Dr Eric Twum, the Chief Executive Officer (CEO) of the Institute of Green Growth Solutions (IGGS), has appealed to government and the citizens not to politicize the issues of natural resource management and governance.
He explained that the politicization of natural resources management and governance could lead to the country facing harsh socio-economic repercussions.
He said his appeal was due mainly to the fact that resources were necessary for the survival and functioning of all.
Dr Twum said this in Accra when he addressed stakeholders at a Natural Resource conference organized by IGGS, in partnership with Konrad Adenauer Stiftung on Thursday.
The day’s conference, which was on the theme “Natural Resource Governance and Management in Ghana: The Stride Towards Efficient Use of our Natural Resources” brought participants from the land, minerals, water and environment sectors across the globe to deliberate on the pragmatic and transparent measures that would be involved in the leasing of contracts as well as the management of natural resources sustainability.
Speaking to the Ghana News Agency, Dr Twum stated that the conference was timely, especially when it provided an opportunity for stakeholders in the sector to deliberate on the implementation of new policies for the sector.
“We also see this as a stepping ground for our Parliamentarians to take up the discussion and solve issues in the mining sector for better natural resource goals to be met,” he said.
He also observed that issues about natural resources and their management were critical as they did not bother only on the very survival of mankind, but also had economic and developmental ramifications for nations endowed with natural resources with Ghana being one of such.
“The synergy between Ghana’s resource availability, management and associated resource use benefits, has over the years and in most cases not been fully met,” he said.
“It is surprising in this modern day and age to wake up to very heartbreaking media reportage on poor natural resource exploitation and management in this country despite the numerous implemented policies and laws put in place to prevent this,” Dr Twum said.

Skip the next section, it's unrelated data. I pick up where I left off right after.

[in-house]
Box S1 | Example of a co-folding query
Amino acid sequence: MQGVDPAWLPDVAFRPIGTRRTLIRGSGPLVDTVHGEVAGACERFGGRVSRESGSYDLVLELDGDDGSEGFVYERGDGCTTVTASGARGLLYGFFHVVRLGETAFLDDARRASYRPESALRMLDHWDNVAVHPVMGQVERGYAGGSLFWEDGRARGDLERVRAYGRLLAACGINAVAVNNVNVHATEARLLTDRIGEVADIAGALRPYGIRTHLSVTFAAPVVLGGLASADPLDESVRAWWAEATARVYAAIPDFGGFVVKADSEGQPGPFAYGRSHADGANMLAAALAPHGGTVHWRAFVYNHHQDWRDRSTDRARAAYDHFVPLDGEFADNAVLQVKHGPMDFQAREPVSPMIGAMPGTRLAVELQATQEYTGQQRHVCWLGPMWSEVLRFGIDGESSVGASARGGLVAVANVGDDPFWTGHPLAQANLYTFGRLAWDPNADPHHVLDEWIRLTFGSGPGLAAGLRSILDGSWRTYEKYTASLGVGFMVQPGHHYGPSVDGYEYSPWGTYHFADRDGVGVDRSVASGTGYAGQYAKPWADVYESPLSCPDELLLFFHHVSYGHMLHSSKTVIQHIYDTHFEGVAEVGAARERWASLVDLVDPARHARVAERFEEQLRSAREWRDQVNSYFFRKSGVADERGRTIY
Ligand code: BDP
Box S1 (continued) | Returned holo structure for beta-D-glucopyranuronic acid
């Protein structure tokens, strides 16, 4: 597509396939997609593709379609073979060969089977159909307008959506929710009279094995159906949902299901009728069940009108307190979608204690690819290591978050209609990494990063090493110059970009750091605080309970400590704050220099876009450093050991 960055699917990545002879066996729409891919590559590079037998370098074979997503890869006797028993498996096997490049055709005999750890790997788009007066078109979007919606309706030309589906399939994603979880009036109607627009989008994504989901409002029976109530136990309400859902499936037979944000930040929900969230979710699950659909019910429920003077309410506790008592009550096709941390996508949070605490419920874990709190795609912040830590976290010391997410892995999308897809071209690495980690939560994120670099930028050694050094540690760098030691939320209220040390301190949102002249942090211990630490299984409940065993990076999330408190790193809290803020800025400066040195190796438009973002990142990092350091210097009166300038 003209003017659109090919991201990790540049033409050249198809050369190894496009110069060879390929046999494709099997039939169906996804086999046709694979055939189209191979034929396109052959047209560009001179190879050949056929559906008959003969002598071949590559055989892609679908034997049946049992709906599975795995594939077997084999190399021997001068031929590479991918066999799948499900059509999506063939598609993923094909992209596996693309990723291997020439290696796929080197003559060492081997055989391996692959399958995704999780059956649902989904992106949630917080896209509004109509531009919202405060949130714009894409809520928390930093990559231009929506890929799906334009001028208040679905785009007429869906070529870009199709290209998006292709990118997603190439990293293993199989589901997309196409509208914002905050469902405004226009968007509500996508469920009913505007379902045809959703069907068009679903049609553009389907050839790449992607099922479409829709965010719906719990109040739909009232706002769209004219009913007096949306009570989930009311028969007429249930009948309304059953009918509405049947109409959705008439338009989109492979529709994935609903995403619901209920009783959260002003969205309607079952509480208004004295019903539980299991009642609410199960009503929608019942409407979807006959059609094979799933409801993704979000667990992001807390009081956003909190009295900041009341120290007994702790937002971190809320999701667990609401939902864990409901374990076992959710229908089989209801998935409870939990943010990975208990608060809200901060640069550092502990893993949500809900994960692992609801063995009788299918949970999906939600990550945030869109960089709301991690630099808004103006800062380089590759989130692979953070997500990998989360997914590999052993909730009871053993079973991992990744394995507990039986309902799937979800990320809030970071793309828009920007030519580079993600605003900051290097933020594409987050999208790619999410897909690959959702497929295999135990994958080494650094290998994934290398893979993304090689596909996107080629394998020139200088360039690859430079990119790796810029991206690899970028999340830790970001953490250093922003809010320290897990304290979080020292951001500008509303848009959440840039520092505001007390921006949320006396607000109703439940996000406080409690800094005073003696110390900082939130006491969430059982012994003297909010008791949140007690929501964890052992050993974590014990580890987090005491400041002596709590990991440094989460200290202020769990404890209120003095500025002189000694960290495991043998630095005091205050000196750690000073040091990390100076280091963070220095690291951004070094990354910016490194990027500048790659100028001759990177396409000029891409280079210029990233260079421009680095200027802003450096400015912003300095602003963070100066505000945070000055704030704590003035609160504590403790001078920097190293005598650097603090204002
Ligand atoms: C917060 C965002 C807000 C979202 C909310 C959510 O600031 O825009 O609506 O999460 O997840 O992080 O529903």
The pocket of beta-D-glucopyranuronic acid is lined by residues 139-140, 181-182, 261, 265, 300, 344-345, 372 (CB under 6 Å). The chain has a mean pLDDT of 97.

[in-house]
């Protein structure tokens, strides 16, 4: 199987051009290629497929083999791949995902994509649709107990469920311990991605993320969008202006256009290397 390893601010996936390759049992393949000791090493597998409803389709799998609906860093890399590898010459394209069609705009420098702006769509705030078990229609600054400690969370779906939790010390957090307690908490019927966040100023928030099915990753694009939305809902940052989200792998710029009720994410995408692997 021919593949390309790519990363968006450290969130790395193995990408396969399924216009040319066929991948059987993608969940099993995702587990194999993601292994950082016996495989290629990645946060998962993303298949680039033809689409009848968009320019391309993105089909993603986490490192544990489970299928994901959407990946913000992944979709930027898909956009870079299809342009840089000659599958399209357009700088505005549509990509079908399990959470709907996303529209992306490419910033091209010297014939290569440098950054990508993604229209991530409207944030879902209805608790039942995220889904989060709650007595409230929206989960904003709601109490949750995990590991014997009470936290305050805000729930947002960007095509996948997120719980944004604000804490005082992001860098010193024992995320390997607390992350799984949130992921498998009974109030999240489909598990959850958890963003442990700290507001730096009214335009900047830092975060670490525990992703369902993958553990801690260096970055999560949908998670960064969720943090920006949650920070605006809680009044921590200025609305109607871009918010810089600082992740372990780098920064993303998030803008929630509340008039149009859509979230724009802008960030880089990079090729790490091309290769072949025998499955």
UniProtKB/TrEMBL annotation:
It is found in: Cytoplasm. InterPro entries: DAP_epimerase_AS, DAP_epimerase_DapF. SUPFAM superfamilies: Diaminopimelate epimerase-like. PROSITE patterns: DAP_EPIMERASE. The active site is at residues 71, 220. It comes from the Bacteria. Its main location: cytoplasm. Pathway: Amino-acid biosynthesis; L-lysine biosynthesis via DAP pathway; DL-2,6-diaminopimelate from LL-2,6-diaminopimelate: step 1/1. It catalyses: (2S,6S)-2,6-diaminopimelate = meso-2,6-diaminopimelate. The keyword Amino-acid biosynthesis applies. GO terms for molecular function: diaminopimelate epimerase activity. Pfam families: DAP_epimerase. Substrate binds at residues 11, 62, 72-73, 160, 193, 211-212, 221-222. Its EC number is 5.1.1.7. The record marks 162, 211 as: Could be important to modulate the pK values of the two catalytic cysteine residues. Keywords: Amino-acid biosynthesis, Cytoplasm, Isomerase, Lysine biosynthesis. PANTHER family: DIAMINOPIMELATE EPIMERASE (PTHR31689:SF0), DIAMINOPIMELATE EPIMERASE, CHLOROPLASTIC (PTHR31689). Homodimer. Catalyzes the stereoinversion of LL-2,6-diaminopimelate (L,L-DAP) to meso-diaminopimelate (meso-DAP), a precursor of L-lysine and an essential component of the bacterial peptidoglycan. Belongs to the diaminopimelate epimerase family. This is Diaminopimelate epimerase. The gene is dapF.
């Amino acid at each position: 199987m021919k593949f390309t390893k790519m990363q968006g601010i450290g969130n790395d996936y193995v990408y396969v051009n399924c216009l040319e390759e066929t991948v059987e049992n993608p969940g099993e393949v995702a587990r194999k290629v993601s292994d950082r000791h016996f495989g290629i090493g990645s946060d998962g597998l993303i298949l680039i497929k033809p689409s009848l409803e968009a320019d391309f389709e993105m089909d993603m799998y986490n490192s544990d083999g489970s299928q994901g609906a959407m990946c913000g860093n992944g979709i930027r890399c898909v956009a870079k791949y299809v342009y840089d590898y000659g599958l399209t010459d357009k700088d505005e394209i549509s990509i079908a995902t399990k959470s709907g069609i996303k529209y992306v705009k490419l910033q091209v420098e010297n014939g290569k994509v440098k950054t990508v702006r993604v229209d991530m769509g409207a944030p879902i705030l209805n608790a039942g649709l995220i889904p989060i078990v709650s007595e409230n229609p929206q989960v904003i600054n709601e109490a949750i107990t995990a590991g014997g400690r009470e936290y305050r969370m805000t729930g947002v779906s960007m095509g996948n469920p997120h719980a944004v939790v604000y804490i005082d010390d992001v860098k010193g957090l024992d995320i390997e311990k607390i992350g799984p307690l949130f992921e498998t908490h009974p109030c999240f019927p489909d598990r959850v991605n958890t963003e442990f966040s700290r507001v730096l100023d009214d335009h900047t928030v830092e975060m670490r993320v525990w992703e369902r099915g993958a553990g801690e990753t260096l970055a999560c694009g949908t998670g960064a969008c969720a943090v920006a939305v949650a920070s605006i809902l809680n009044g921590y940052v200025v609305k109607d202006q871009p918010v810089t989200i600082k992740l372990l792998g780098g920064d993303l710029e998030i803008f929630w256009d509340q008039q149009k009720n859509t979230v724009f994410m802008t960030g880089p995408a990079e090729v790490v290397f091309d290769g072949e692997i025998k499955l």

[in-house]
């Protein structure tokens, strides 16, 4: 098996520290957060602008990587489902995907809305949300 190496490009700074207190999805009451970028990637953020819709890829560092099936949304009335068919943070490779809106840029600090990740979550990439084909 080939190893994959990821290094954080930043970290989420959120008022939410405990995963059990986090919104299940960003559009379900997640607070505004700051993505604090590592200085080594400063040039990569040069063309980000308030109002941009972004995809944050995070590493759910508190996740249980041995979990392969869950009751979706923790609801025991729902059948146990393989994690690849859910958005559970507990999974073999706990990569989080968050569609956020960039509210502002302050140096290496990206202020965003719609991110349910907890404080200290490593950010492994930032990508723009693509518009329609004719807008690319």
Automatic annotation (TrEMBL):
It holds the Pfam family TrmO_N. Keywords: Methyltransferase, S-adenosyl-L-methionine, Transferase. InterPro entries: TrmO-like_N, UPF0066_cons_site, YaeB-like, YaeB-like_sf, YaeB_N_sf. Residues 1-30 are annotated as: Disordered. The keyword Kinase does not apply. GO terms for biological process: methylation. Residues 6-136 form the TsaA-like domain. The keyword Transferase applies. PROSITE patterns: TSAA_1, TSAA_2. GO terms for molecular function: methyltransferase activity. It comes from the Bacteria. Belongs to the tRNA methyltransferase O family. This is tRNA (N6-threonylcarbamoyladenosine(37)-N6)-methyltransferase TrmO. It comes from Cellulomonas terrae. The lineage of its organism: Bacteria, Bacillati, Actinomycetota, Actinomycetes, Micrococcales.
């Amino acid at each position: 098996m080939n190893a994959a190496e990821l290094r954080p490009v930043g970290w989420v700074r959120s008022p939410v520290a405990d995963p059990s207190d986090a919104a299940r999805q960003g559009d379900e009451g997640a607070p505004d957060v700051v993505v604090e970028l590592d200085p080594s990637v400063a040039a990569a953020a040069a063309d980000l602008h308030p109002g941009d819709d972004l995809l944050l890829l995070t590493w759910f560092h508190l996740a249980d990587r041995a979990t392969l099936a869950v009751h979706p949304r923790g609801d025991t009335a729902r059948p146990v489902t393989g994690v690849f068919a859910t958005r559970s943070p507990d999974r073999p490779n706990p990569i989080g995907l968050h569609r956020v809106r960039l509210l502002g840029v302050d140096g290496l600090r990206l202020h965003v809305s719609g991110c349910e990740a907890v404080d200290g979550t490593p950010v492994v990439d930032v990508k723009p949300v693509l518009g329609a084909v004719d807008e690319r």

The CEO added that economically, research had indicated that between 2011 and 2012, the country lost about 90 million dollars and 70 million dollars million due to stability agreements in the mining and oil and gas sectors respectively.
He therefore called for a collaborative effort on the part of all stakeholders to safeguard the country’s natural resources through effective and comprehensive policies.
Dr Toni Aubynn, the Chief Executive Officer, Minerals Commission hailed the organizers for the conference in their bid to fix the loop holes in the mining sector as well as avoid further problems that would not only affect the sector but the country at large.
He noted that Ghana could benefit extensively from her natural resources and called for the review of laws and other practices on the small scale mining especially when there is a legal framework for small scale mining.
Dr Aubynn also called for the creation of partnership that would be beneficial to the sector.
Mr Zhou Youbin, the Charge D’Affairs, Chinese Embassy, called on government to streamline measures that would boost the activities of small scale mining in the country.
Citing the acquisition of land as a leading problem in the sector, Mr Youbin pledged China’s commitments towards the transformation agenda of Ghana in the land and natural resource area.
Participants lauded the organizers and called for more of such conferences to help position Ghana’s mining sector on a high pedestal.
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